Post-war: 12,000 Jews in 1970s.


By George Sim Johnston


"In 1942 the Catholic hierarchy of Amsterdam spoke out vigorously against the Nazi treatment of the Jews. The Nazi response was a redoubling of roundups and deportations; by the end of the war, 86% of the Jews in Amsterdam had been killed. Jewish relief officials were in complete agreement that a public Vatican attack on the Nazis would not have the slightest effect on Hitler yet would jeopardize the lives of Jews hidden by the Church."


(As compared to the deportation of 2,000 (28%) of Rome’s 7,000 Jews)

(Mr Johnston is a New York–based contributing editor of the Catholic monthly Crisis.)

Before WWII, the Pope condemned the Nazi glorification of race, nation and state as a perversion of the divine order. However, during WWII, Pius XII did not publicly condemn the persecution of Jews and did not authorize any rescue attempts. His policy was later criticized, the controversy embarrassing the Catholic Church

One reason was because the Allied Governments would not give him any such venture. See below:

Subject: Why Pope Pius the 12th did not name Jews in his pronouncements

Excerpt from "The Real Story of Pius XII and the Jews"
By James Bogle
(Barrister of the Middle Temple, and former Cavalry officer)
From: Catalyst, Vol. 23, No. 10, December 1996


Rev Fr Jean Charles-Roux, now a Rosininian priest living in London and whose father was French Ambassador to the Holy See in the ’30s, lived with his family in Rome during the fateful pre-war period. He recalls that the Pope told his father as early as 1935 that the new regime in Germany was 'diabolical'. The Ambassador frequently warned his government but the general reaction in France seems to have been that it was good to see the back of the Prussian militarist and that it was no bad thing that an Austrian-Czech house painter was now Chancellor.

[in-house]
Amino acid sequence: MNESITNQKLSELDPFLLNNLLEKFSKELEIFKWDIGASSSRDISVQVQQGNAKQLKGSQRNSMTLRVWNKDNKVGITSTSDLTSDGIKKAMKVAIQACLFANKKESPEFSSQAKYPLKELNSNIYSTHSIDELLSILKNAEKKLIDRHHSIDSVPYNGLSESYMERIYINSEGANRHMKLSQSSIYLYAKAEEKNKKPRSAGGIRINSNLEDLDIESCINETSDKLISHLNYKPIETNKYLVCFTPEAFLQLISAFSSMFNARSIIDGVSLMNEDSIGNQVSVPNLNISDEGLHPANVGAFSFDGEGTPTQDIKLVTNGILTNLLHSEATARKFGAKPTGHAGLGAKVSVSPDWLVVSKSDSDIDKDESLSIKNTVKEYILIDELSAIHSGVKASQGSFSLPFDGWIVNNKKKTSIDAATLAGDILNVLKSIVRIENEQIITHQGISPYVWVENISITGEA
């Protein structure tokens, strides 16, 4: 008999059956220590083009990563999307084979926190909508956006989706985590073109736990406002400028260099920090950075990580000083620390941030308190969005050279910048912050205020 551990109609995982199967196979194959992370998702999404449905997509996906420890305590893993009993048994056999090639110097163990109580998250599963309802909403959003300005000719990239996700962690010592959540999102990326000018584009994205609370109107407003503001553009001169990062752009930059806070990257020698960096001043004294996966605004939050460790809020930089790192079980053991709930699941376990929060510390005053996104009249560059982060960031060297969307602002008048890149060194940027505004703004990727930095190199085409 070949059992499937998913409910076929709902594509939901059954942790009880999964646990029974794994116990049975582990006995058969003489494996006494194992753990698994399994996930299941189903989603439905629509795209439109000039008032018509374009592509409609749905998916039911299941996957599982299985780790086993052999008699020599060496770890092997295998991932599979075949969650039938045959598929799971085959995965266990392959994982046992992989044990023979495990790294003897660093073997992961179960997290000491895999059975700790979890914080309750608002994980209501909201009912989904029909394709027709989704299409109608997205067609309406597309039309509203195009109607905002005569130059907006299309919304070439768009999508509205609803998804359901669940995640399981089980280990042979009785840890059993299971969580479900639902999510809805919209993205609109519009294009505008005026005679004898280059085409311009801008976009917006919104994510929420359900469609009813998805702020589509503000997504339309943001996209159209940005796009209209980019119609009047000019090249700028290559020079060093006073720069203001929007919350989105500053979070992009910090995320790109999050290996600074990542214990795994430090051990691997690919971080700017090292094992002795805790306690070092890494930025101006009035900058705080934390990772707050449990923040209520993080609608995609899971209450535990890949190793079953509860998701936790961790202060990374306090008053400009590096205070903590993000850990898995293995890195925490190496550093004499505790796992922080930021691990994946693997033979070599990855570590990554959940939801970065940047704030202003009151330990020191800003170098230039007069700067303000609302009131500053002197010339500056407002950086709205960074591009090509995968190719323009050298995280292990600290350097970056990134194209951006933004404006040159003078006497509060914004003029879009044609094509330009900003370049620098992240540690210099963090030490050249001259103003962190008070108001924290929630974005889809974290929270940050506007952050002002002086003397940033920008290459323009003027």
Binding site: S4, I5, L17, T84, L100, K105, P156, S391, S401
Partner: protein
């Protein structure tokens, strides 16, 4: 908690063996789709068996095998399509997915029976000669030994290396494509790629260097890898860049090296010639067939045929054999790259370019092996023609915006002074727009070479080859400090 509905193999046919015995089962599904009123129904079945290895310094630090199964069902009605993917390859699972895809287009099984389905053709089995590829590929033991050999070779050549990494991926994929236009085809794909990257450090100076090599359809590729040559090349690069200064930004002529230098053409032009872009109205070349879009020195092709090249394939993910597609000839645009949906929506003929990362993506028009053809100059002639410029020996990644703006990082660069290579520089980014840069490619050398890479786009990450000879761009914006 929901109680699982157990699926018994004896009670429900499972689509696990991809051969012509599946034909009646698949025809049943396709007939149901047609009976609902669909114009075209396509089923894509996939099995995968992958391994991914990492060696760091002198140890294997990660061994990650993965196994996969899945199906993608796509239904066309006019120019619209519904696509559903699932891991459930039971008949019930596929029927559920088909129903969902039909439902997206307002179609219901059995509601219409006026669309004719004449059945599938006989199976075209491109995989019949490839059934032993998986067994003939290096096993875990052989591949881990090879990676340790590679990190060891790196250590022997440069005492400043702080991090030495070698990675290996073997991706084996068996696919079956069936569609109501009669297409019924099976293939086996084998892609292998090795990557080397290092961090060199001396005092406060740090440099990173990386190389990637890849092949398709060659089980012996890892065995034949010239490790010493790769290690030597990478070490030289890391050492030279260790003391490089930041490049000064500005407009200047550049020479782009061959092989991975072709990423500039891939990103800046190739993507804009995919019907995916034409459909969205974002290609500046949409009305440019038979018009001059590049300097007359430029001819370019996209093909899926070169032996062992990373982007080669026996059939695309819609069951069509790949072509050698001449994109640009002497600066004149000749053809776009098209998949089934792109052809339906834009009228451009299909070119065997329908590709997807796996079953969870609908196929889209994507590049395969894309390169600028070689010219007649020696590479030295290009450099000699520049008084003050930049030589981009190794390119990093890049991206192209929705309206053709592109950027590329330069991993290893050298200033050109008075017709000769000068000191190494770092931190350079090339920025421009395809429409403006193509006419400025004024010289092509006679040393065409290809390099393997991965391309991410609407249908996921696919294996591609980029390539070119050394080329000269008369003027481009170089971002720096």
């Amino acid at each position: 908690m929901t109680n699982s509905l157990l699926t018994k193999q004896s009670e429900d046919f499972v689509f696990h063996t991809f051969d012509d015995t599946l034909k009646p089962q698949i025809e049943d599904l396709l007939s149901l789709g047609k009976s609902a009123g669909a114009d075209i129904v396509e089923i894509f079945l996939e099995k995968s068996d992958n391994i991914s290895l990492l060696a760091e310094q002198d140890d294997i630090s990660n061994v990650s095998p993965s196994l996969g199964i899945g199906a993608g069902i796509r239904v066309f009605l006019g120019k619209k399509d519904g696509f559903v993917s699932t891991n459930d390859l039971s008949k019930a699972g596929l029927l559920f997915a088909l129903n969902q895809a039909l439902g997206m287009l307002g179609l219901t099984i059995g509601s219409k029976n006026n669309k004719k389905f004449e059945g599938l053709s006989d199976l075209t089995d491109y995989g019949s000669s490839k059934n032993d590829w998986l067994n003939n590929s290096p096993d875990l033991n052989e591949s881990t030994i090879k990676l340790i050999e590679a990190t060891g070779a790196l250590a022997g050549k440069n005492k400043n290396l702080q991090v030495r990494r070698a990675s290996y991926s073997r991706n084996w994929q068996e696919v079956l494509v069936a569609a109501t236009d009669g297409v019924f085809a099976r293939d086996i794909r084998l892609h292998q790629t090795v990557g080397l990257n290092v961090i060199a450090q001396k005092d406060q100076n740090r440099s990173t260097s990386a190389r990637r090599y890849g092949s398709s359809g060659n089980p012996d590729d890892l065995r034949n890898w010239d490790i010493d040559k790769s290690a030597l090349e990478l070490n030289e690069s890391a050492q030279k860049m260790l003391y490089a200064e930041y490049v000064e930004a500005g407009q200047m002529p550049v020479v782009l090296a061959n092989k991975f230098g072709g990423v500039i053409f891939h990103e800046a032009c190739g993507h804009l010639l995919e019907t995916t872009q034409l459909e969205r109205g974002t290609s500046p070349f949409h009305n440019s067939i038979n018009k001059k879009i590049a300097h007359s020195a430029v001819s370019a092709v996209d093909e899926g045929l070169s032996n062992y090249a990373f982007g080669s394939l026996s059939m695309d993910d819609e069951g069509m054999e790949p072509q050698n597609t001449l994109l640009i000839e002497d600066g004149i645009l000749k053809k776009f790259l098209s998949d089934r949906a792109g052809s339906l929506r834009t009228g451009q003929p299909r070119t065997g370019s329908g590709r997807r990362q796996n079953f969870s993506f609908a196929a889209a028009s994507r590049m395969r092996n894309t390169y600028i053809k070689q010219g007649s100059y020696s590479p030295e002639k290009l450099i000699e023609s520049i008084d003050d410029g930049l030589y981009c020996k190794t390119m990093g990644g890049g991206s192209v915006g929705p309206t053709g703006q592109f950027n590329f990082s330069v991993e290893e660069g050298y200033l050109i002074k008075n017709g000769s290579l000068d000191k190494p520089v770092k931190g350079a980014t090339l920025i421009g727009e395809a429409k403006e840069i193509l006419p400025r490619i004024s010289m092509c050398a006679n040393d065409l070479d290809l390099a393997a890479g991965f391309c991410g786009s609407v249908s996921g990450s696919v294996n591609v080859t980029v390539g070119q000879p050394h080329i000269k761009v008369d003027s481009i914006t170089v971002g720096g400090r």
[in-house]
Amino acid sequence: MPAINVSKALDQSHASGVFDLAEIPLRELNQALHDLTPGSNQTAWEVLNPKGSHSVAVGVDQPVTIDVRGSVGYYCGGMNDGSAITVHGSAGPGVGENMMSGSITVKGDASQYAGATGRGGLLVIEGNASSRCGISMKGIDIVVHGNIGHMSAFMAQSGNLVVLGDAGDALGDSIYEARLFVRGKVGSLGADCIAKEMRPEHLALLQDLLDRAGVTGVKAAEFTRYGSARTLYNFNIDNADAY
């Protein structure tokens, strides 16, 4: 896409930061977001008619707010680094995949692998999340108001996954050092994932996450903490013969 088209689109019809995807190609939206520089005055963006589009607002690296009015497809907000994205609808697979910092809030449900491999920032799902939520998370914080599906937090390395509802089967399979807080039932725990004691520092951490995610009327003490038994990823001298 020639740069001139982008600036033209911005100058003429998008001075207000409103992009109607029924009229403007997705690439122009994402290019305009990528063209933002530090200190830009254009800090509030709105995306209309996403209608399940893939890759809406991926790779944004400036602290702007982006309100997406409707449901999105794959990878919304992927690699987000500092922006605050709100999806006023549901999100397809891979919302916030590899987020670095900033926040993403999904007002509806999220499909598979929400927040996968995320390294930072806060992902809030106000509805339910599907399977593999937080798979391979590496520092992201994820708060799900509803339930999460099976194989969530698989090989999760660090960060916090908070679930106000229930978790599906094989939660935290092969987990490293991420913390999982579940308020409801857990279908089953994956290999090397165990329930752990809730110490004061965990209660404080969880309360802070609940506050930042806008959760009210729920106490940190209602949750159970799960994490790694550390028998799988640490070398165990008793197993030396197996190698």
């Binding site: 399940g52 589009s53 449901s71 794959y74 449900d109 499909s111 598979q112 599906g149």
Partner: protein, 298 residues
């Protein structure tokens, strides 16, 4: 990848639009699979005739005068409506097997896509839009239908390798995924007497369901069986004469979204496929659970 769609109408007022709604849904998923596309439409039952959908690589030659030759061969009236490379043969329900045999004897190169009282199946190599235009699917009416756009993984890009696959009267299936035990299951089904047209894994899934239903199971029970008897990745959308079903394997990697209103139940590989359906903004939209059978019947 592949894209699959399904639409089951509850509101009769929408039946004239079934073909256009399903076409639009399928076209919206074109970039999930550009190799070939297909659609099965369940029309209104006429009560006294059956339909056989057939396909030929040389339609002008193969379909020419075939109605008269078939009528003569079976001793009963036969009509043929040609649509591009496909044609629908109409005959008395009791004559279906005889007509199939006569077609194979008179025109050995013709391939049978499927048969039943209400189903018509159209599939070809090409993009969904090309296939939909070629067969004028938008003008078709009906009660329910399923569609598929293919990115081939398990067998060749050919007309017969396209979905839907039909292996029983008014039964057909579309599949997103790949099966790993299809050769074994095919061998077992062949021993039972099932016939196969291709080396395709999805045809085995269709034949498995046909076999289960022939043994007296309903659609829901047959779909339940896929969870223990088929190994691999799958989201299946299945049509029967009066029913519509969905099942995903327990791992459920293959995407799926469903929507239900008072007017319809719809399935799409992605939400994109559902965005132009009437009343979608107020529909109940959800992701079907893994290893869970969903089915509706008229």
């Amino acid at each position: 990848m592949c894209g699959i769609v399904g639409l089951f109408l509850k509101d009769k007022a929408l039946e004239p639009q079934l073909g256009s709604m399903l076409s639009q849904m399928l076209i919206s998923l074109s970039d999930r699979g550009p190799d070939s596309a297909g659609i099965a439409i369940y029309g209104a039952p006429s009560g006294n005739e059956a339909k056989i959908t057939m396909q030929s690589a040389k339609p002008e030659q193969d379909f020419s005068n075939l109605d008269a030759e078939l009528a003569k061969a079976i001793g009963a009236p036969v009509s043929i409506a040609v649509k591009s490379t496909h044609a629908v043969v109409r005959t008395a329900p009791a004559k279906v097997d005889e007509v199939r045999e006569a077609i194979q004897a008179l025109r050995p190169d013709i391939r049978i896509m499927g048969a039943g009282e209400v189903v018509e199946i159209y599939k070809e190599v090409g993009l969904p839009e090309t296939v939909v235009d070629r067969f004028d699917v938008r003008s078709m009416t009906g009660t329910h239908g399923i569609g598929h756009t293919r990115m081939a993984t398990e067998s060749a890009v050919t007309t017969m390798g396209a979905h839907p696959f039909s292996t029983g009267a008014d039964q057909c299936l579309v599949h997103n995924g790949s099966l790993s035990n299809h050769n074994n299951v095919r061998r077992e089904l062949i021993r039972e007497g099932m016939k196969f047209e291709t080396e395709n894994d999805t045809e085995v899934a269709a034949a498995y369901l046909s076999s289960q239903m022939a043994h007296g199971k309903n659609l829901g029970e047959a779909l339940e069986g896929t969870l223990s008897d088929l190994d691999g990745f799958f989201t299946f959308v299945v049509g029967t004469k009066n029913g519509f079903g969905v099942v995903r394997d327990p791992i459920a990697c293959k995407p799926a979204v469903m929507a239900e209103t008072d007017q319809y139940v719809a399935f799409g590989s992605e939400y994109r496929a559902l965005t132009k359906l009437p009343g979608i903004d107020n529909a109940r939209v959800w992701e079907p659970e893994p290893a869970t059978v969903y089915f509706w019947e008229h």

The reaction in the USA and Britain was scarcely different at that time; and even later when they must have begun to know about the camps.

The US government accepted a total of 10-15,000 Jewish refugees throughout the whole war — a truly scandalous statistic. Britain was little better and before the war the government had been full of ‘appeasers’; the Duke of Windsor visited Hitler and Lloyd George even went so far as to call him 'the greatest living German'! Ambassador Charles-Roux's own government in Paris (and the British government) were deaf to the pleas of the Vatican to assist the German internal resistance to the Nazi government.